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    $\begingroup$ Also, I wouldn't refer to p, V, and T as SF's. That's typically reserved for thermodynamic potentials like U, G, A, H, S, and $\Omega$. p, V, and T are, by contrast, considered state variables or state parameters. I think to consider a state variable as a SF you would need to be treating it as a thermodynamic potential, i.e., you would need to be working in the "p representation", etc. And a system couldn't be described using a p or T representation, because these are intensive, so you'd have a potential that is independent of system size. Not sure if a "V" representation is possible. $\endgroup$
    – theorist
    Mar 1, 2022 at 20:26

2 Answers 2

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$U$, like other state functions, is defined mathematically as a non-injective non-surjective function where the argument is the state of a system. In layman's terms non-injective non-surjective means that there can be many states that share a value of a thermodynamic property such as the energy, and values of the property that do not correspond to any known state, but each state has only one value of the property.

In classical thermodynamics a state function (such as $U$) is defined as a property of a static (or in practice quasi-static) system, not of a transition or difference between such systems (such as $\Delta U$). $\Delta U$ is also a non-injective non-surjective function, but it is a function of two states. Although you have found a feature that satisfies a mathematical property of a state function, the feature is not sufficient to render $\Delta U$ a state function. You might say the duck-type test includes that you limit yourself to features of a single system rather than of multiple systems.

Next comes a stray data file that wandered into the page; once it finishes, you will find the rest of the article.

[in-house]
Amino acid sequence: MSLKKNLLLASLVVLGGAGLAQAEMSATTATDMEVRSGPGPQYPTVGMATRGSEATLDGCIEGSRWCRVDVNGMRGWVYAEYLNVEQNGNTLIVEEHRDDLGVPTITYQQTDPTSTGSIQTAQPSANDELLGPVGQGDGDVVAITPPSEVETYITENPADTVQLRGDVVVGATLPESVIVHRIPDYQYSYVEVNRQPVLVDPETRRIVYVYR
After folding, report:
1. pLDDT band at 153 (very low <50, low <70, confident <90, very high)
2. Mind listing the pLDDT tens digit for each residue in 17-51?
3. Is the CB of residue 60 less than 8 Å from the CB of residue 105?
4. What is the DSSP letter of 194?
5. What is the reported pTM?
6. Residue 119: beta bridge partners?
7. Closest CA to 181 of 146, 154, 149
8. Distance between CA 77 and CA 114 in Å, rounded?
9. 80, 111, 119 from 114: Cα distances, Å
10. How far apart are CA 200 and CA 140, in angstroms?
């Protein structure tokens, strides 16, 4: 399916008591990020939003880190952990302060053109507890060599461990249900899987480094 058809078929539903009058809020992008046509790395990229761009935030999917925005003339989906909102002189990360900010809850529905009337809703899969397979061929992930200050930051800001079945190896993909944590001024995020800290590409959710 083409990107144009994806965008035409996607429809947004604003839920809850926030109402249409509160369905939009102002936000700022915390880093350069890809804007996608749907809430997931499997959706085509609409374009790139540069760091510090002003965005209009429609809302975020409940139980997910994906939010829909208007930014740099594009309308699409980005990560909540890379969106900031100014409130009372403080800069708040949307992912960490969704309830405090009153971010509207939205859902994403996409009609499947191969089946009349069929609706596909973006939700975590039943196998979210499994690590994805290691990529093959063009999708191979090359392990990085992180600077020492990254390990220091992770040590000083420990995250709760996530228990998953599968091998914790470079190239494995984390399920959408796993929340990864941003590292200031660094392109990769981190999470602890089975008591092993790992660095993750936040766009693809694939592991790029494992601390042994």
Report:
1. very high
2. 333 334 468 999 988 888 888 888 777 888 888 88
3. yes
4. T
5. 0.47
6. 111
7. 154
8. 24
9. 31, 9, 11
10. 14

Note that it is possible to define a reference state and the properties of all other states relative to the reference (as alluded to in the comments), but that does not change the basic argument.

Also, you can create systems in which a transition between two energy levels is an important property of the system (for instance in NMR or optical resonance). However those are time-dependent sytems. Classical thermodynamics focuses on static (time-independent) systems.

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The reason why we use ΔU instead of U is due to the fact we cannot measure the internal energy U of a gas but only the change of U.

For any process ΔU in a closed system ΔU can be calculated by the change of temperature of the gas(ΔT) thats why ΔU is a state function.

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    $\begingroup$ I'm reviewing this answer as "looks okay". That doesn't mean I think it is correct or good. In fact, I have chosen to down-vote it. But from a technical perspective, it is an attempt to answer the question. $\endgroup$ Mar 1, 2022 at 18:49
  • $\begingroup$ When you say you can calculate $\Delta U$ for a change in T of a gas, what you mean is that you can calculate that for an ideal gas. You can't typically calculate $\Delta U$ for real gases, since you would need an equation of state. That's only available for some gases, and they're always, to some extent, an approximation. $\endgroup$
    – theorist
    Mar 1, 2022 at 20:37